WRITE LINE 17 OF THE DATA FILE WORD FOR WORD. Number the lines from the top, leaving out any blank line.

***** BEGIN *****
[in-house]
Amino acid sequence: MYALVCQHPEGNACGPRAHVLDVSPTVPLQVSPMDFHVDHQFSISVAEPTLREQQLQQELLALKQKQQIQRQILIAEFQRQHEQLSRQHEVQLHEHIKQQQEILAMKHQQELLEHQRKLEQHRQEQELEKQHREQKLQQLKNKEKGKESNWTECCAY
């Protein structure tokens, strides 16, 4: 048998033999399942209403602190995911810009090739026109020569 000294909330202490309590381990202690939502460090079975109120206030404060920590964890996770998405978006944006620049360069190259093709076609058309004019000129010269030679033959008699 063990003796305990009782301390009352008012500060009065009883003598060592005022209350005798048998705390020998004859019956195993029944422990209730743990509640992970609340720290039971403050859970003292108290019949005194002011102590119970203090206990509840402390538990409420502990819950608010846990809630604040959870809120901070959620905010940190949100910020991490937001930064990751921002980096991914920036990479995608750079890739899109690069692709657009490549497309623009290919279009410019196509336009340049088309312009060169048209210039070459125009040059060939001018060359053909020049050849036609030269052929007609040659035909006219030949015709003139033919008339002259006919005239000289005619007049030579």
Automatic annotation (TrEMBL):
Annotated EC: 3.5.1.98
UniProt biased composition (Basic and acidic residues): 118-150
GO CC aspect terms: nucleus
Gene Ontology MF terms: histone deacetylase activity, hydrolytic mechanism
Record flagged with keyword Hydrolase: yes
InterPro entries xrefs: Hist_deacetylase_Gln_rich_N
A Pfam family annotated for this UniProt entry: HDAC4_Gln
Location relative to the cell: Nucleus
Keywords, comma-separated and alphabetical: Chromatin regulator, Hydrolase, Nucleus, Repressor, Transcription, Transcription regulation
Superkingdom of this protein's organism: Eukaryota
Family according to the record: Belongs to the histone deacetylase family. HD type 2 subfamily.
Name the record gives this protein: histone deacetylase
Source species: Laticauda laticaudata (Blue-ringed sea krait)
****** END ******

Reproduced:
Source species: Laticauda laticaudata (Blue-ringed sea krait)